What's in this podcast?

In this episode, Jason talks to Murali Bhogavalli,Data Product Manager at Tinder. They talk about the concept and the idea of treating data as a product, the roles of Data Product Manager and how the industry is shaping around it.

Listen to this episode on Spotify, iTunes, and Stitcher. You can also catch up on the previous episodes of the Hub & Spoken podcast when you subscribe.

What are your thoughts on this topic? We’d love to hear from you; join the #HubandSpoken discussion and let us know on Twitter and LinkedIn.

If you are interested in this, you might like to view our on-demand webinar on Data Product Management: https://www.cynozure.com/insights/data-product-management-webinar/


One Big Message

Treating data as a product means bringing product management practices into data solutions.

[00:41] Murali shares his journey to getting into Data Product Management

[03:06] What is data as a product, and how does Tinder treat it that way?

[05:52] The evolution of Agile Methodologies in the context of data

[11:01] What is the function and purpose of Data Product Management?

[14:17] What does a Data Product Manager do?

[17:14] How to interact with Data Product Managers to ensure the building of the right products

[22:27] Murali shares the biggest challenge of helping the organization to move forward

[27:17] How to set up teams for effectivity

[35:01] How the industry is shaping around Data Product Management


The function of Data Product Managers

If you treat data as a product, you also need people who can put on the data product manager hat and help (not necessarily everybody in the organization) to start looking at data as a product.

From a Data Product Manager perspective, one of the biggest things that Data PM should be looking out for is how data maps to the business goals out there.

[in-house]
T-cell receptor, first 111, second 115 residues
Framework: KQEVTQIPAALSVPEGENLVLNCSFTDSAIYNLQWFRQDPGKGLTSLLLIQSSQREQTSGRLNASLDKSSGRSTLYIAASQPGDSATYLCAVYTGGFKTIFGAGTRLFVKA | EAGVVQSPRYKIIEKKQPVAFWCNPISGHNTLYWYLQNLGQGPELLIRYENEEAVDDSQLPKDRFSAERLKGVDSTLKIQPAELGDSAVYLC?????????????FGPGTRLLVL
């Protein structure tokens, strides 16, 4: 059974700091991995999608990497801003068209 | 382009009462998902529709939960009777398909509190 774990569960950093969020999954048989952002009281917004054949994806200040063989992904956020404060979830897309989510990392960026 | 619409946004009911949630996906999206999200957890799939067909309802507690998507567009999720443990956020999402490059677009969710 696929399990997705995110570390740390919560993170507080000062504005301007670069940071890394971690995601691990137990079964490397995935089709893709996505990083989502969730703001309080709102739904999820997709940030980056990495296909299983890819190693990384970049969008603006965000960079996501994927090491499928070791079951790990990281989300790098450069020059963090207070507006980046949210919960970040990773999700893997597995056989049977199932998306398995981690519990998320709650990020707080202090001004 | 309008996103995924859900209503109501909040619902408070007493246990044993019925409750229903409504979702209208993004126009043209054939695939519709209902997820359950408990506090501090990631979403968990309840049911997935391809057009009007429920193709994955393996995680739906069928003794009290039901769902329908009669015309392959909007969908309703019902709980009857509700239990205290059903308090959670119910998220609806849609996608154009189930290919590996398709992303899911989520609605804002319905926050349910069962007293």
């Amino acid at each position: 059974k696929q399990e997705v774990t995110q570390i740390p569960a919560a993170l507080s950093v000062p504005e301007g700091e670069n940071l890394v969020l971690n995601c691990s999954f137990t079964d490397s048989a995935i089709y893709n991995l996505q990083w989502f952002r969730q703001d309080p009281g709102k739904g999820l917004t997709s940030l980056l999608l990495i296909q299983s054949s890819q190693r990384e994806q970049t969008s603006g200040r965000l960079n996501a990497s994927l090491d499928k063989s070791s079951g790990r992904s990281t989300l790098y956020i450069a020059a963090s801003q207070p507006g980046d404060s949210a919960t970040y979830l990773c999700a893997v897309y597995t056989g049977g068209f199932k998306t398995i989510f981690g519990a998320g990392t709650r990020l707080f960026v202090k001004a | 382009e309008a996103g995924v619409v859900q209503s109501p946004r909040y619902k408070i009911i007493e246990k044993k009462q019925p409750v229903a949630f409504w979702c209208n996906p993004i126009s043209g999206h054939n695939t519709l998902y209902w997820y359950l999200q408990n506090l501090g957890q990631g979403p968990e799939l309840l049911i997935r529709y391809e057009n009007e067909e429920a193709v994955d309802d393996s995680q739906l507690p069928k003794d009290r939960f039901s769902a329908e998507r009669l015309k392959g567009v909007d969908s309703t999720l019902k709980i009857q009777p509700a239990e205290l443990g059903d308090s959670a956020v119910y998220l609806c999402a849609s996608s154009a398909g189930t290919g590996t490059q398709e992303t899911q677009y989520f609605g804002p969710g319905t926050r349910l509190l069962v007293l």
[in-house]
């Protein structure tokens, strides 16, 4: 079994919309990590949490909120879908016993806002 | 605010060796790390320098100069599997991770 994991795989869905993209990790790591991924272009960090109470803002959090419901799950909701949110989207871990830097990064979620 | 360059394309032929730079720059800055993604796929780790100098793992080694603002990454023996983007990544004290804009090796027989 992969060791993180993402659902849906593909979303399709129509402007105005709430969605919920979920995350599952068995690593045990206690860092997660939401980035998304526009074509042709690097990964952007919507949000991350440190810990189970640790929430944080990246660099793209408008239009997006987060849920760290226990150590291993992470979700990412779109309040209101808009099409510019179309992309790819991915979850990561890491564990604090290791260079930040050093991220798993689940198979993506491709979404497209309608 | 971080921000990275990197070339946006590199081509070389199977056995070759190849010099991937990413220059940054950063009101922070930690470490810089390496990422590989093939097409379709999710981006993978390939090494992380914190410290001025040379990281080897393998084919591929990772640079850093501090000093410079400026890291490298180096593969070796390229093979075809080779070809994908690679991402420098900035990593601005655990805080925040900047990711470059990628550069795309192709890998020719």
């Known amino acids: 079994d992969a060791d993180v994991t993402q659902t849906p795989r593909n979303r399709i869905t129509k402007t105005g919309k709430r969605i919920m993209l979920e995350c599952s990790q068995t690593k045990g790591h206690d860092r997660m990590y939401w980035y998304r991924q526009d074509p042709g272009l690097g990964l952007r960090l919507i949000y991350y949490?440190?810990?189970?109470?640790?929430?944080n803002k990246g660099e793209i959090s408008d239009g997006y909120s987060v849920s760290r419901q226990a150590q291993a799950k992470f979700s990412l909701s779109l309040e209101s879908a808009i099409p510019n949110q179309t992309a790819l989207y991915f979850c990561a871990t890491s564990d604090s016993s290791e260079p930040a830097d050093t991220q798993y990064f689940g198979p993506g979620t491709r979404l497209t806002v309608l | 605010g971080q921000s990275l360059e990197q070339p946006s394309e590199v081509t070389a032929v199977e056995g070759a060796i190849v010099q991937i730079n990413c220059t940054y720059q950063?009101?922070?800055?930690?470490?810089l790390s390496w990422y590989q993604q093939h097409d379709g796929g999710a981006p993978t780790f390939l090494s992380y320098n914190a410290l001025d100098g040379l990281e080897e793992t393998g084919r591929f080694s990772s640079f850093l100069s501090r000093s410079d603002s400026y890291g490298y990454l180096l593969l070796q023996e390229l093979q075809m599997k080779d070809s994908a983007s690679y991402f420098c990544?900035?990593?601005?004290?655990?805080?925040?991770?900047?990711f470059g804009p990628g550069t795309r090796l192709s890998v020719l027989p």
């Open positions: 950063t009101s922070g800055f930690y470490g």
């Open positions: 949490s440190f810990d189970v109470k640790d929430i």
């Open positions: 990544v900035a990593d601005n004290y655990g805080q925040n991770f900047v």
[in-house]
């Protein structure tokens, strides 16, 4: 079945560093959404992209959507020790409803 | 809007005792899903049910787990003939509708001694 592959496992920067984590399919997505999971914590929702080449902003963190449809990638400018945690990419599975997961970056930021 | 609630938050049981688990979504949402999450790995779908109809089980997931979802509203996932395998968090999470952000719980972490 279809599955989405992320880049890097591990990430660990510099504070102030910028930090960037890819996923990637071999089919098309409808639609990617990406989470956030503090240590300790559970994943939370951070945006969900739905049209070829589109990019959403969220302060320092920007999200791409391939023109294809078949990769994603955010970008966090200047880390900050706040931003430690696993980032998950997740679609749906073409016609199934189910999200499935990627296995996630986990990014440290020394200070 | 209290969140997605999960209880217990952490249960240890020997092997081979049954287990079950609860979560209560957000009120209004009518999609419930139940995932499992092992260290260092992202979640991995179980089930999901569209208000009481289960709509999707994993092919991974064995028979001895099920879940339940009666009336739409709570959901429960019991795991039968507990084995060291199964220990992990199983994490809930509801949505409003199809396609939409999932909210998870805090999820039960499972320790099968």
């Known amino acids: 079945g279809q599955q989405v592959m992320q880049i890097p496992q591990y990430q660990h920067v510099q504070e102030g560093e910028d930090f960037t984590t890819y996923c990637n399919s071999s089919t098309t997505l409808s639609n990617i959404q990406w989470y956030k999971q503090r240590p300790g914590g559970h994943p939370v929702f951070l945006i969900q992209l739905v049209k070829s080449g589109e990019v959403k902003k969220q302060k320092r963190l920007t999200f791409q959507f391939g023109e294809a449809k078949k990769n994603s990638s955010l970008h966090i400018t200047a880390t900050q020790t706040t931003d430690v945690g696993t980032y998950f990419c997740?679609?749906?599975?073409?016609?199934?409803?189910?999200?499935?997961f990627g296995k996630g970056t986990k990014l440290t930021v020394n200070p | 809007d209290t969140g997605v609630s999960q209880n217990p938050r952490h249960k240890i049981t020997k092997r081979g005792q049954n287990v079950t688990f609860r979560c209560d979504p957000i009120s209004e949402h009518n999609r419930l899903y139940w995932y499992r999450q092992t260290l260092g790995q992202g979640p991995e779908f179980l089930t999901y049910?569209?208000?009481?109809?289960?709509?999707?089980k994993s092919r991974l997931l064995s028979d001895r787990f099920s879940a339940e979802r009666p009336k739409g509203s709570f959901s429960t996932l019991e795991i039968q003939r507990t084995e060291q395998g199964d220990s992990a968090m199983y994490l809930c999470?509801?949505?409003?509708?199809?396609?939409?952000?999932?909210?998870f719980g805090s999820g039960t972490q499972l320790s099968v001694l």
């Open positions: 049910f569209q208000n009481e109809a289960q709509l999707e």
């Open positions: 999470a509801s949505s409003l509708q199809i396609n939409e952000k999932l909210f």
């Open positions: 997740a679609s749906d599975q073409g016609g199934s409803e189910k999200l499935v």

When the company comes up with a business goal of increasing revenue, the Data PM would come in and ask the following questions:

  • What data does the revenue team use?
  • What are the features that the revenue team owns?
  • What is the data that they collect from these other new features and how is it getting stirred?
  • Who’s actually using it?
  • Who has access to this?
  • Do they do any transformations before they actually use it for insights?

If they are consumers:

  • What are their latency requirements?
  • What are the SLS?
  • Do they need it on an hourly distance?
  • Do they need it on a real-time basis or not?

All of these questions will help prioritise what needs to be delivered to whom and build a data product road map, and not to mention a bunch of regulatory and compliance requirements around the data that is being collected.


Playing offense versus playing defense with data

What companies tend to do in their growth stage is they want to use data for playing offense. We play offense with data and use data for growth, more engagement, more retention and motivation. Those are your focus areas in terms of growth of the company using data as a fuel.

There’s another aspect of playing defense with data, which is building resilience systems for the future. Ensuring that tools needed for data teams are provided to be more efficient.

So, playing the balance of playing offense versus playing defense is the challenging part. In playing offense, everybody gets it because there’s a clear business value that is being driven with that while in playing defense, one might not be able to quantify the value in the short term because it’s a long term goal.

Often, people struggle with this aspect of playing defense until something comes along and hits the lawsuit. That’s why the balance between both, and strategies for both, on a data road map are important.


Industry shaping around data as a product

Companies start capturing everything and anything that is out there and putting it in the data lake; it has become this unwieldy monolith that they’re not able to move fast and deliver value on, to their consumers.

Taming the data lake, or data warehouse, and breaking it out into sizable chunks is a microservice architecture. The industry is shaping around this. They’re saying no matter where your data is, whether it’s a lake, a dead lake or a data warehouse will give you your capabilities to build subsets of that data.


To summarise

To know good data is to treat it as a product. You have to learn how to evaluate the current state of your data as well as its potential for improvement. With the help of Data Product Managers who know how to map to the business goals using data, achieving business growth is attainable. Treat data as a product, in a similar way to the regular product that you build.

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